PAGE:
Global Warming: Invasion of New Pests in our Forests

Global warming favours the migration of forest pests from warmer regions into Austria, naturally or through importation. Worldwide trading facilitates the introduction of forest and wood pests from package wood, and further spread occurs due to insufficient phytosanitary control measures.

Due to their competitiveness, new pests may replace indigenous species and achieve greater damage against plants in a new habitat than plants in their native habitat. Unless natural predators or parasites intervene, they could become such an specie endangerment threat towards a host plant.

On the assumption of global warming in Central Europe, the following risk scenarios, in connection with the spread and propagation of forest pests, are likely to occur:

  • Global warming accelerates the "natural" invasion of forest pests towards the north. Introduced pests which would not have survived may now be able to spread, and establish themselves.
  • Due to insufficient phytosanitary control measures, introduced quarantine pests establish in neighbouring countries, and with the lack of climatic barriers, spread from there into Austria.
  • Defoliation by bark beetles would not only be a problem of secondary conifer forests in lowlands but threaten also altitudinal stands.

Range extension of Mediterranean pests

The following pests are examples of the "natural" spread (range extension) of Mediterranean pests during recent years:

Japanese Oak-Silkmoth (Antheraea yamamai)

This beautiful giant butterfly (Figure 1) can be found on oak in broadleaved forests of south-east Austria (Styria, Burgenland, Carinthia). The pest is indigenous to the Far East (from the Amur region to South China and Japan). It was imported to Europe for silk production and has established a small secondary range in Mediterranean countries some 100 years ago. Host trees in Europe are oak and probably chestnut trees. To this point, the green caterpillars have caused no major damage to oak leaves.

The seed bug Oxycarenus lavaterae on Lime trees

This sub-Mediterranean species from Southern Europe belongs to the seed bugs and sucks on mallow plants. In Austria, they can be found en-masse on Lime tree trunks. The range can be extended due to higher temperature sums. It has been discovered in Burgenland, Styria, Lower Austria and Vienna. The physiological impact on host plants has not yet been studied from these invaded regions.

Imminent danger of spreading in Austria

Pine processionary moth (Thaumetopoea pityocampa)

This moth species is the most important defoliator of pines in the Mediterranean region. In Central Europe it occurs incidentally but does not cause much damage due to unfavourable weather conditions in winter. The spread in southern Tyrol, Slovenia and the Wallis is primarily due to an increase of winter temperature. Maximum frost hardiness is 15°C (on average: +8°C). Larvae need periods with daily temperatures above 9°C and night temperatures above 0°C in order to be able to feed during winter time. Caterpillars hibernate in nests (protection against cold) and migrate in spring in form of a “procession” from the trees and pupate in the soil (Figure 2).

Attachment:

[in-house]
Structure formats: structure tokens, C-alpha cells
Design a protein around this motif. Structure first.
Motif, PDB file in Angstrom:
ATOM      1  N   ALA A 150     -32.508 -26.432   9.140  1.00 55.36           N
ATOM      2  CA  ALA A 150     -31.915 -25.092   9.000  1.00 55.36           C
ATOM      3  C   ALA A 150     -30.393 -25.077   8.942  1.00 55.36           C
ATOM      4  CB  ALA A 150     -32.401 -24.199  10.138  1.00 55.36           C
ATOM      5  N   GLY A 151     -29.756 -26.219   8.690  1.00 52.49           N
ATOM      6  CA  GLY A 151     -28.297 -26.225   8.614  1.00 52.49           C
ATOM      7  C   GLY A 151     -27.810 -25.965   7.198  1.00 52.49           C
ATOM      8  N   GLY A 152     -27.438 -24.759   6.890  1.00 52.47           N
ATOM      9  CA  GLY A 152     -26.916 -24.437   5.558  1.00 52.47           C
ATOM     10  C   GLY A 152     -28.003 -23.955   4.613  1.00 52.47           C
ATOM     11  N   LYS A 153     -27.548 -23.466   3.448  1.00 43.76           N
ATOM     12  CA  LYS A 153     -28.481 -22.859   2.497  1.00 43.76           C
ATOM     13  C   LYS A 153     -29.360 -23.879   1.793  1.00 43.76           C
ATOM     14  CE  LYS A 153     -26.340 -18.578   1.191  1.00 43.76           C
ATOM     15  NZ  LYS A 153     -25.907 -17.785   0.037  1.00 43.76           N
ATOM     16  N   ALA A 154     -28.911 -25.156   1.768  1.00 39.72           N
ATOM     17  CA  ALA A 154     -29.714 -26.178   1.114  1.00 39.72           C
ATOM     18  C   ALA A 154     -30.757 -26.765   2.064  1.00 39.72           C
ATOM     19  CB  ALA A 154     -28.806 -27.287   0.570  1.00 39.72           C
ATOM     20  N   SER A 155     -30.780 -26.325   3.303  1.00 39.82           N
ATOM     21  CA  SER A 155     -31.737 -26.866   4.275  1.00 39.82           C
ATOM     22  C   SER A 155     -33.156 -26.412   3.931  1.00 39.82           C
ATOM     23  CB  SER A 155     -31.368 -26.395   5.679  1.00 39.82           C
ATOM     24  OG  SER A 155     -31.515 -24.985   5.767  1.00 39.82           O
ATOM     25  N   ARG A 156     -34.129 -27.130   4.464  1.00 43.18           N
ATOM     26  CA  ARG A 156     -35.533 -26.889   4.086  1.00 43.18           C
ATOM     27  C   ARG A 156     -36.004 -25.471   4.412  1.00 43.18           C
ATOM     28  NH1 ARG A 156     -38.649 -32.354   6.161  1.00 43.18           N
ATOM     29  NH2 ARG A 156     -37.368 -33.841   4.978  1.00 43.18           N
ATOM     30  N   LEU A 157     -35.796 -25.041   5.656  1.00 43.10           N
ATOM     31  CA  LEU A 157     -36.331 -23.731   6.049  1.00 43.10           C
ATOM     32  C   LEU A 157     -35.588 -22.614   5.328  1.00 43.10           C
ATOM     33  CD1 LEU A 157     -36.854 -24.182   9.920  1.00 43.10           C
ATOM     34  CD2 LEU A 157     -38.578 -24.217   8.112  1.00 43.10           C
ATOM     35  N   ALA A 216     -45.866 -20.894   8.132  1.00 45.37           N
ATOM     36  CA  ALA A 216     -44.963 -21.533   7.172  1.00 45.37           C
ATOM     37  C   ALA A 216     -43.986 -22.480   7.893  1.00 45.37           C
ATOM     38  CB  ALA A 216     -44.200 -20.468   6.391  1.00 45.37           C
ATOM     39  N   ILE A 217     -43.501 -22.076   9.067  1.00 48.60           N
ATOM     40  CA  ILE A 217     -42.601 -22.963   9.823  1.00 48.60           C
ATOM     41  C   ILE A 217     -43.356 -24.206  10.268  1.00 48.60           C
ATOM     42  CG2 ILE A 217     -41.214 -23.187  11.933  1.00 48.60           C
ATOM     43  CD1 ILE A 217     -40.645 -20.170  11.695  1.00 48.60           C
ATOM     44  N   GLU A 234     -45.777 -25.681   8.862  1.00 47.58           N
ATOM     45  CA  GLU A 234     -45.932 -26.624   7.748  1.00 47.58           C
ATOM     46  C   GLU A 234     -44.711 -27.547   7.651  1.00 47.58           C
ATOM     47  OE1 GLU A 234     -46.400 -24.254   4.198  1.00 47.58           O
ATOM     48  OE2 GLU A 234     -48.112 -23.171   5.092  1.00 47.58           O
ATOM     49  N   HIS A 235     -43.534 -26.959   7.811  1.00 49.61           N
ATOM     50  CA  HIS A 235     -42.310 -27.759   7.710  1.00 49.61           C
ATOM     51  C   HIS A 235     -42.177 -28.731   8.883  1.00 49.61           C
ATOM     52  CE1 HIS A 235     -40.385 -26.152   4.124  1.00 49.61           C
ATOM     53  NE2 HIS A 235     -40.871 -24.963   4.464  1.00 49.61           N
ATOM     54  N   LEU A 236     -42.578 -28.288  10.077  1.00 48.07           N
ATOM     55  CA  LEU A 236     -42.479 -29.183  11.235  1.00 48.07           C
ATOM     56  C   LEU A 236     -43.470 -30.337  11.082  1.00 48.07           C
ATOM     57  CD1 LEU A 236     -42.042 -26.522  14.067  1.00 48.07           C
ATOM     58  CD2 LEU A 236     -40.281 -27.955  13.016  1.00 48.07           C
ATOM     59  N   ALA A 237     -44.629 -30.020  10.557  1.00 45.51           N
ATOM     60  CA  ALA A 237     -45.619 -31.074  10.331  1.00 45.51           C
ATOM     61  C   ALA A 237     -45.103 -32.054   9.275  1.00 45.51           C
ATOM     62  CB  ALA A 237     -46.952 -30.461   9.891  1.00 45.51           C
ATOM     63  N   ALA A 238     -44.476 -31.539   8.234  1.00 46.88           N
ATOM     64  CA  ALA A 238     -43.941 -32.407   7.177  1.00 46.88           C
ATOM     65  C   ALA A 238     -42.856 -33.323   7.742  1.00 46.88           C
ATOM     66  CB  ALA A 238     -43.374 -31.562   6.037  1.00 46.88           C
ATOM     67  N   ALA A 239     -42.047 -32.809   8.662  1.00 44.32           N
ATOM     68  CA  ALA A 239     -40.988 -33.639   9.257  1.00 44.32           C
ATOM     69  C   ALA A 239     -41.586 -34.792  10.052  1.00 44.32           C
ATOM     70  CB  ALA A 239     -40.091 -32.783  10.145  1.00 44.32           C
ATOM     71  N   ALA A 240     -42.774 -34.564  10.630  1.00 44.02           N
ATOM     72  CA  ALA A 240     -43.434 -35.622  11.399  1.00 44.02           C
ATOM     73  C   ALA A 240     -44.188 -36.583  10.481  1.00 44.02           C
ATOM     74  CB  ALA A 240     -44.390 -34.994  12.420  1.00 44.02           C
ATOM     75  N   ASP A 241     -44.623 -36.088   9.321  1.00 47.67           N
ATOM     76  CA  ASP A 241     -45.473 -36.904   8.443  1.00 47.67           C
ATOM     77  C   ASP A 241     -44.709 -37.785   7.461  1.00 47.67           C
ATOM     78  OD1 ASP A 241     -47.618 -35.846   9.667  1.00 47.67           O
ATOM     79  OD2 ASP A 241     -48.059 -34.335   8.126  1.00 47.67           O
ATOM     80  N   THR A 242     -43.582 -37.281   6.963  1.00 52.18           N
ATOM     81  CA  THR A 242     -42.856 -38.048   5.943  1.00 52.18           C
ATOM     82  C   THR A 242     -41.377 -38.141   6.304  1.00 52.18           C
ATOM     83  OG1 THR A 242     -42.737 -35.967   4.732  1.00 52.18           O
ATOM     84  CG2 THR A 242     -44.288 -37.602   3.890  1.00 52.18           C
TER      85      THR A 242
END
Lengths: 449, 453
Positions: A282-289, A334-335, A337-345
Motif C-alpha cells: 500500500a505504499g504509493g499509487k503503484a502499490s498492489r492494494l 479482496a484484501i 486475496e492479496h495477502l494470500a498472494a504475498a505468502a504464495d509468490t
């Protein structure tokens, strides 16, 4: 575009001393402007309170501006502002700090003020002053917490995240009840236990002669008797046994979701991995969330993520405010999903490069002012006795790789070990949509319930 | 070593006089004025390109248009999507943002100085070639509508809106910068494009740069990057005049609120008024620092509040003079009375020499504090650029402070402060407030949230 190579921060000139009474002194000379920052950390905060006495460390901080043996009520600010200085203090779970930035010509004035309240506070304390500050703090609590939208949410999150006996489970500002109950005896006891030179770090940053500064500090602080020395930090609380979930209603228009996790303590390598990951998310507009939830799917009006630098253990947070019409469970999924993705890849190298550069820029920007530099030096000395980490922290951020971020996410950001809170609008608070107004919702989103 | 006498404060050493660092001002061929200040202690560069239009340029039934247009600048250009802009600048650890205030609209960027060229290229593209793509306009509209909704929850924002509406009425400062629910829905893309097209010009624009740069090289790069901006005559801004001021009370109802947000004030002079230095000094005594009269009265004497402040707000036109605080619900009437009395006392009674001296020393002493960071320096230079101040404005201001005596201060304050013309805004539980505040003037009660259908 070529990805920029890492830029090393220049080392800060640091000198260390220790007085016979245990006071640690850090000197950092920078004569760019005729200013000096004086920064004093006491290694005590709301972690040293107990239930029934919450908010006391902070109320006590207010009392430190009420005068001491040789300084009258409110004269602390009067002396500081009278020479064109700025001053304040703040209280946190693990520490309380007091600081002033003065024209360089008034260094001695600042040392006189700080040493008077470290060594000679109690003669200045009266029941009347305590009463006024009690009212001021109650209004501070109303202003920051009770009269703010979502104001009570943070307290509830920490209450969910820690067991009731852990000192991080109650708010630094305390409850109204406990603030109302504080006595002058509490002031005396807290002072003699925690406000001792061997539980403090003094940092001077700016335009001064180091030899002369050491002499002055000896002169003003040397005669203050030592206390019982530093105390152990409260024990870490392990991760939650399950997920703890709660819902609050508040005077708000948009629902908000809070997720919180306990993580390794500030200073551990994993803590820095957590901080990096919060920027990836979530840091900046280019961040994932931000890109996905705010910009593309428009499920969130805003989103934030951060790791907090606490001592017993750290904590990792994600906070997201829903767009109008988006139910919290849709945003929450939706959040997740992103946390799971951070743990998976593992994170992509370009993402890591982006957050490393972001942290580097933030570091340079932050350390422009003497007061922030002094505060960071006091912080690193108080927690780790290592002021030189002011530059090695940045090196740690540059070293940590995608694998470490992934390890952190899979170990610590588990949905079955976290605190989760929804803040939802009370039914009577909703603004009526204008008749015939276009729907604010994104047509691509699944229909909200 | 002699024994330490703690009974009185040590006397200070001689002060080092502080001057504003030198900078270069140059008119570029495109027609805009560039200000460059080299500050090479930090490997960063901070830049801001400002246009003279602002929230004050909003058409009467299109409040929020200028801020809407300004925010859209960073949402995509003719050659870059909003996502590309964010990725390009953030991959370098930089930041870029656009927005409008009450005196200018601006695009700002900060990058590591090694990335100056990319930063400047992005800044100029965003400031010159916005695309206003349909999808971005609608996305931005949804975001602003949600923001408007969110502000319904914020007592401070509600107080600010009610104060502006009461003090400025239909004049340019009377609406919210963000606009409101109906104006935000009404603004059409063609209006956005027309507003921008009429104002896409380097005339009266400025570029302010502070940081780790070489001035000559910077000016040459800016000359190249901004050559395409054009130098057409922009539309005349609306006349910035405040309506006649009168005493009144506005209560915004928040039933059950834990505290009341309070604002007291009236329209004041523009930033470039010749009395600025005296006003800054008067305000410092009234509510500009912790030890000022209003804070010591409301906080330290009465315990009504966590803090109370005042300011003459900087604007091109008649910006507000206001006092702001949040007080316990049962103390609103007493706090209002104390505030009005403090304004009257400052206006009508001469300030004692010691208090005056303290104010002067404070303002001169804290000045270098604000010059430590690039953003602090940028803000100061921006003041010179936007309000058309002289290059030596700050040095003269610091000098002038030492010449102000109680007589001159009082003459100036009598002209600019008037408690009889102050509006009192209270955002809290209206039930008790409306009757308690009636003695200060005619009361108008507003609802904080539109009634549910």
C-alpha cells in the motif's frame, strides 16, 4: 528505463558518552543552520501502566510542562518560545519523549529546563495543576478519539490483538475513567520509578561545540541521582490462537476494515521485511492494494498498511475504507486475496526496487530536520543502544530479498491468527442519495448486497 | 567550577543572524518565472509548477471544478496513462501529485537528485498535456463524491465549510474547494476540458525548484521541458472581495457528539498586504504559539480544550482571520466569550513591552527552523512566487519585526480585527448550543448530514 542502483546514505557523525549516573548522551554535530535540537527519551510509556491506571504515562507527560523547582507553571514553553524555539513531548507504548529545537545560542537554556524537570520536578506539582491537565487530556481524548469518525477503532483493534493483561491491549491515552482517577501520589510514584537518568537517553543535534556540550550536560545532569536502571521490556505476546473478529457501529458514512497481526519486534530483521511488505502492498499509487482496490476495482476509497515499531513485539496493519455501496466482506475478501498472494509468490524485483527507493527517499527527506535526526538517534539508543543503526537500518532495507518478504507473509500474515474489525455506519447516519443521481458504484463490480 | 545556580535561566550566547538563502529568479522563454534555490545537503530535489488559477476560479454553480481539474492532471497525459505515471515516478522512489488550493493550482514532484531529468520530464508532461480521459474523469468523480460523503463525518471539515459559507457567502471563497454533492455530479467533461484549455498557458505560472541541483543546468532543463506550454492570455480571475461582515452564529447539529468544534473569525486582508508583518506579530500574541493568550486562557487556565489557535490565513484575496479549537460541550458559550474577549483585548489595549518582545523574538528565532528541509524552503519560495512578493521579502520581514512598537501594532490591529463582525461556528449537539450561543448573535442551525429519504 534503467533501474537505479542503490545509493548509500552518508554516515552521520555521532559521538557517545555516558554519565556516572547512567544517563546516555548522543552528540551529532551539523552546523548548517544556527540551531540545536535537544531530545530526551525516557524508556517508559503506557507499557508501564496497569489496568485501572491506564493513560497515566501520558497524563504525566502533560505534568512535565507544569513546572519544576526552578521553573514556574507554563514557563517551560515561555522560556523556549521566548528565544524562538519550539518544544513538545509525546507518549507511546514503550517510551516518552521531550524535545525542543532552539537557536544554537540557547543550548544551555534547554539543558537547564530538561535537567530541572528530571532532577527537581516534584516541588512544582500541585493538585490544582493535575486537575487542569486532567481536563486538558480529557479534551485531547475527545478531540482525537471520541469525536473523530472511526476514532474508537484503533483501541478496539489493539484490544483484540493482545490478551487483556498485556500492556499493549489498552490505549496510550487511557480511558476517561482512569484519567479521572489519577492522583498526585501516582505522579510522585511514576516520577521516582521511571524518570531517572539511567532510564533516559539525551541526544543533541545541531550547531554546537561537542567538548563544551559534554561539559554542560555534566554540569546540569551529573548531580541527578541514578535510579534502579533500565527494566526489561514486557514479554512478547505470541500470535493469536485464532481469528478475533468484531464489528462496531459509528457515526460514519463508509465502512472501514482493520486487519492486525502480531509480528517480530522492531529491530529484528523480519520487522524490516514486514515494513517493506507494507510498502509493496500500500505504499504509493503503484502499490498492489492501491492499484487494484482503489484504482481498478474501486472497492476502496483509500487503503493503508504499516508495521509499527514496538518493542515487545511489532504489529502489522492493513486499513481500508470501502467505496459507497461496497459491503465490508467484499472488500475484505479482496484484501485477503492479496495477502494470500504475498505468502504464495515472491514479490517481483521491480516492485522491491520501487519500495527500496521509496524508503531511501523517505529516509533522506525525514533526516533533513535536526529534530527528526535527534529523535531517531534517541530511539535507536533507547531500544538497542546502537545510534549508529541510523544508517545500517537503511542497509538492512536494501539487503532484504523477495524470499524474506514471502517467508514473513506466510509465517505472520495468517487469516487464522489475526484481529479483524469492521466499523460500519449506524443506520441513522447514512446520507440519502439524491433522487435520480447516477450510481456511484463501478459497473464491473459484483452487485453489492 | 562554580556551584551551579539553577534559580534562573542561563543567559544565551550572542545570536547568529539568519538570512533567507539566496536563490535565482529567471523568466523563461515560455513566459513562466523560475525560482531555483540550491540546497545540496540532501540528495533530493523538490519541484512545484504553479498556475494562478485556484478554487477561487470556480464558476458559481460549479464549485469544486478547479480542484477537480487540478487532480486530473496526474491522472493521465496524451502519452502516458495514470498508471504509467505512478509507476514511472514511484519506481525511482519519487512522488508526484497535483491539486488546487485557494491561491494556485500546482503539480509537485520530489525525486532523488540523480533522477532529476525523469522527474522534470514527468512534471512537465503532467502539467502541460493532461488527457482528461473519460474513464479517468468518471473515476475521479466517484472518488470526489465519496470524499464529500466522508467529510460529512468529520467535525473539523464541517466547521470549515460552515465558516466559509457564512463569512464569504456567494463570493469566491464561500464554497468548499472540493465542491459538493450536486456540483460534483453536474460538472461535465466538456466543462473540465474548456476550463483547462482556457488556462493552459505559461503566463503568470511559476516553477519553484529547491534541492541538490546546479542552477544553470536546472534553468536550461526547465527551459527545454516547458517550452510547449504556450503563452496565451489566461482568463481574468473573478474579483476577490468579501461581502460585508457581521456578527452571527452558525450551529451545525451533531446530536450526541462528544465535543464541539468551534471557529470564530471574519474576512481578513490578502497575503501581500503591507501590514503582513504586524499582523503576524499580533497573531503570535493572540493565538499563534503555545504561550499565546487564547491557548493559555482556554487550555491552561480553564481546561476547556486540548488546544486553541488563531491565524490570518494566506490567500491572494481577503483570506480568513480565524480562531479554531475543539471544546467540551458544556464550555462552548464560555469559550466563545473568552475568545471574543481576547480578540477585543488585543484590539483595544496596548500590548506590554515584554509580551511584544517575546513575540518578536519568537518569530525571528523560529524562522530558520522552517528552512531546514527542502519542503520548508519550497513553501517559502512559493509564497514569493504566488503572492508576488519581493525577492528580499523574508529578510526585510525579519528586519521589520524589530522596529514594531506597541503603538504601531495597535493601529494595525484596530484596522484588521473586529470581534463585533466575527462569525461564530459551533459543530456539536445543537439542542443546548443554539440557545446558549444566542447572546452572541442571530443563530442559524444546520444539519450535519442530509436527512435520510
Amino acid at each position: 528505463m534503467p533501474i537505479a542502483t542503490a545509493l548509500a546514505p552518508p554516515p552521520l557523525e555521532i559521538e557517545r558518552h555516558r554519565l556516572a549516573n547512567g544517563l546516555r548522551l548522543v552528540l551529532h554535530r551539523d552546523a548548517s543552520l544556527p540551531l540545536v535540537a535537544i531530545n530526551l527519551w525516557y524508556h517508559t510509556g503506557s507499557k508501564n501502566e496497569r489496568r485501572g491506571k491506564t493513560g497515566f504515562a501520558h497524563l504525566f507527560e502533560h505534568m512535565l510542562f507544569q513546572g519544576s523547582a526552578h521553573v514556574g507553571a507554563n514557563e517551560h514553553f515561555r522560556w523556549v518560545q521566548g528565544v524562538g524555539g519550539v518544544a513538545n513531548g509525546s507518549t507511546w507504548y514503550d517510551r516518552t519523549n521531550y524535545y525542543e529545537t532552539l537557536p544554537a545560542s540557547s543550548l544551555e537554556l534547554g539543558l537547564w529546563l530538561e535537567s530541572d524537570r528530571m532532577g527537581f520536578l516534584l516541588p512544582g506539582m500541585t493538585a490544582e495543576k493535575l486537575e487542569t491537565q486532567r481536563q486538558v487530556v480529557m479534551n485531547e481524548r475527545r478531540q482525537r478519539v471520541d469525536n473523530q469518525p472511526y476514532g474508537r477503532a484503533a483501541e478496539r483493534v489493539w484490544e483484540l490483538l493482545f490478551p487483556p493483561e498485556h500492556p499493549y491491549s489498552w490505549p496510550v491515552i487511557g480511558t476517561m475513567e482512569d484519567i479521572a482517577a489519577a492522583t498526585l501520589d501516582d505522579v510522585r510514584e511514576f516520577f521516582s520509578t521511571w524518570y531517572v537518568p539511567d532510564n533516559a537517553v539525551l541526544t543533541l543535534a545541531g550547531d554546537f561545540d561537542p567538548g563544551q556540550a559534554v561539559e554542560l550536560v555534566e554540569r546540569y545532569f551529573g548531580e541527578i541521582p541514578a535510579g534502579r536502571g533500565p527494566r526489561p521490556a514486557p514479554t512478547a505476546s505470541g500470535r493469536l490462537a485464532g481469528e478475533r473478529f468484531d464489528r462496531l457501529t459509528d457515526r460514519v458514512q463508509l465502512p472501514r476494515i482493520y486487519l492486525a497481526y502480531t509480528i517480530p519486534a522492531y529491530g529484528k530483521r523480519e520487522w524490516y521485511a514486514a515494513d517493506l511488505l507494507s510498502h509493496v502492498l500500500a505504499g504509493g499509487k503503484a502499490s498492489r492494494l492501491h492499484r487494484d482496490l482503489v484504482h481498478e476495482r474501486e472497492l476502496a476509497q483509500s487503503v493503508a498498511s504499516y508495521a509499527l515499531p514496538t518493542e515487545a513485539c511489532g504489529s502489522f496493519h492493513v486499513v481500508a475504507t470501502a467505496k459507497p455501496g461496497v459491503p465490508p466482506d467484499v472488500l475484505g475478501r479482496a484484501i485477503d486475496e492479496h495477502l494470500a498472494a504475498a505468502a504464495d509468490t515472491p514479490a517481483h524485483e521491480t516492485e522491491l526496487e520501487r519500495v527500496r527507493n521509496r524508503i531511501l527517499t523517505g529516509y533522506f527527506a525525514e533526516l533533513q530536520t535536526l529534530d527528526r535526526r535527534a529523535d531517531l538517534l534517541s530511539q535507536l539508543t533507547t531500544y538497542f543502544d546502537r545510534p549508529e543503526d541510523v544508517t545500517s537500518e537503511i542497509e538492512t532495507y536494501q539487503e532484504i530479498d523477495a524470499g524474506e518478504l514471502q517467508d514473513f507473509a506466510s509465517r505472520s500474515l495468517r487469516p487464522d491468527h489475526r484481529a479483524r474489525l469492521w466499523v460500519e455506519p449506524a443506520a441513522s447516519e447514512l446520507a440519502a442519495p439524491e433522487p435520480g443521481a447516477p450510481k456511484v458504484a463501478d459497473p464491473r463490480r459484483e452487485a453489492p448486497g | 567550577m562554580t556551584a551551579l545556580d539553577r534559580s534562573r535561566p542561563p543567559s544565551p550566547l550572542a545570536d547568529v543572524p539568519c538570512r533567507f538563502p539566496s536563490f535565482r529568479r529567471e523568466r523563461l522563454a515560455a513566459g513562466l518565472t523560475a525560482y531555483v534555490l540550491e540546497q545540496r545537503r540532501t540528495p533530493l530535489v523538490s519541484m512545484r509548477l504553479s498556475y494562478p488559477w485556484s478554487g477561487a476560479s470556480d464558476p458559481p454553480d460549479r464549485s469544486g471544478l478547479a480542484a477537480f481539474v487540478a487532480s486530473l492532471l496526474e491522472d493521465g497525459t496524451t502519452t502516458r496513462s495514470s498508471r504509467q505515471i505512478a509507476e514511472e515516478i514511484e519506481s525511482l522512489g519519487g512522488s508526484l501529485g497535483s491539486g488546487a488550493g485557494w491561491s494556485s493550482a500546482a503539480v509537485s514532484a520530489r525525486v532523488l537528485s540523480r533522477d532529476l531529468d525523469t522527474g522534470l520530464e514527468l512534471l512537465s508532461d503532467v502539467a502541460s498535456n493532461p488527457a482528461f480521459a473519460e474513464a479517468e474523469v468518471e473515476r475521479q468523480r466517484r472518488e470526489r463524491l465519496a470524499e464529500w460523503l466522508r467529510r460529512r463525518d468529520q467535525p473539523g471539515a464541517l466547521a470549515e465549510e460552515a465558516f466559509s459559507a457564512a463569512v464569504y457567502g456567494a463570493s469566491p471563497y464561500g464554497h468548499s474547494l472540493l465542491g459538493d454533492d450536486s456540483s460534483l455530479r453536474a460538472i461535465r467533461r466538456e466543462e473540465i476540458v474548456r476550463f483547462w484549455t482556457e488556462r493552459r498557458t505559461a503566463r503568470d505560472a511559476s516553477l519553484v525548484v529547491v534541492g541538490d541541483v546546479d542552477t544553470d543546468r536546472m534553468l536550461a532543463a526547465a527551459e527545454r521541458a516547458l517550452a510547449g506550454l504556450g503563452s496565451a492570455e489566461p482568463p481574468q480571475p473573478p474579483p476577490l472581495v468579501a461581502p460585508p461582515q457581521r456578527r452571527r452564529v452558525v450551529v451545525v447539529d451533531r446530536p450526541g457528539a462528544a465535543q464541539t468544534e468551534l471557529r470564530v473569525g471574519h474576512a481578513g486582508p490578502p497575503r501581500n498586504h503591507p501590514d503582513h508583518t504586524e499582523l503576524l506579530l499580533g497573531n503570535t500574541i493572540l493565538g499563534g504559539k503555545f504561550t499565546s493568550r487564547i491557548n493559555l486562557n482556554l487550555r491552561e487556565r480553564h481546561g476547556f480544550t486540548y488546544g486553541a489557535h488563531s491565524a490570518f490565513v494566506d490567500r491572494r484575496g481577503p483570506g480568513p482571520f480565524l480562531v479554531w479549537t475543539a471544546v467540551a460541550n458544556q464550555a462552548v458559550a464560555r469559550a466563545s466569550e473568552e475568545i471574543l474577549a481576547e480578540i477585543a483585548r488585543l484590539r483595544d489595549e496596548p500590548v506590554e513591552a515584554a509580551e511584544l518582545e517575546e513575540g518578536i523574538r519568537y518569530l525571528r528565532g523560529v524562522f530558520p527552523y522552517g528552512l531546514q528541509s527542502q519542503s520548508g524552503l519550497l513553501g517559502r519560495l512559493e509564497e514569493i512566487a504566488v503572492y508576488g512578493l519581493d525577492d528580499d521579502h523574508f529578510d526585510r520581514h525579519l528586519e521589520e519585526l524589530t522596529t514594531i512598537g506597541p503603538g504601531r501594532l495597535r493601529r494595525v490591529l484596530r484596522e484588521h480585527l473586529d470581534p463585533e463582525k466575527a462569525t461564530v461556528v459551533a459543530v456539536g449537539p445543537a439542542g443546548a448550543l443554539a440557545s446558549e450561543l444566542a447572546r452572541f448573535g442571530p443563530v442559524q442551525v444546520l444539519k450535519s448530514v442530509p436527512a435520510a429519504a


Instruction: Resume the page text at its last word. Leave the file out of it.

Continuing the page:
Pupation may last from a few months to four years with the moth hatching in summer, and egg lay occurs at the base of the pine needles. About one month later caterpillars hatch, moult twice and start with the establishment of a winter nest. Like the oak processionary moth, the hairs of this pest contain an urticating toxin especially harmful to humans causing toxic irritant dermatitits.

Mediterranean Bark beetle Tomicus destruens

This bark beetle species is closely related to the Pine Shoot beetle (T. piniperda). The distinction can made only by experts by means of hair rows between the second and third joint of the antenna lobes. T. destruens is a prevailing species in Mediterranean countries (Spain, southern France, Portugal, Italy). Temperatures and humidity have been limiting factors for spreading.

In Italy it is known as the most endangering pine pest, in Spain it occurs on various pine species, and unlike the Pine Shoot beetle, in dryer regions in particular. A substantial difference to our Bark beetle-species is the main flying season of the beetle occurs in autumn. There are initial reports on occurrence of T. destruens in Croatia, on Aleppo pine as a consequence of the extreme summer drought and heat in 2003.

Asian Long-horned Beetle

Since the beginning of the millennium, various locations were discovered in Europe where stands were infested by two dangerous Asian beetle species (Figure 3) (Anoplophora glabripennis = ALB & A. chinensis = CLB). In these regions, various broadleaved trees were attacked by the quarantine pest in the surroundings of trade companies or nurseries which import packing wood or bonsai plants from China. These beetle species are very well adapted to climatic conditions benefiting from a large number of host trees.

The infestation situation remains especially critical in the 16 provinces of Milan, the infested regions comprising already more than 60 square km. Control measures such as

  • felling visibly infested trees,
  • digging out and thermally eliminating stumps,
  • fixing foils at the basal area in order to hinder the hatching of beetles from roots,
  • applying pesticides

need time and effort in order to be successful.

Due to the proximity of Austria and Switzerland, there is great danger that the beetle will colonize in these countries too. As the pest has been discovered already in 24 different tree and shrub species in Italy, we have to assume that in Europe virtually all broadleaved tree species are potentially endangered.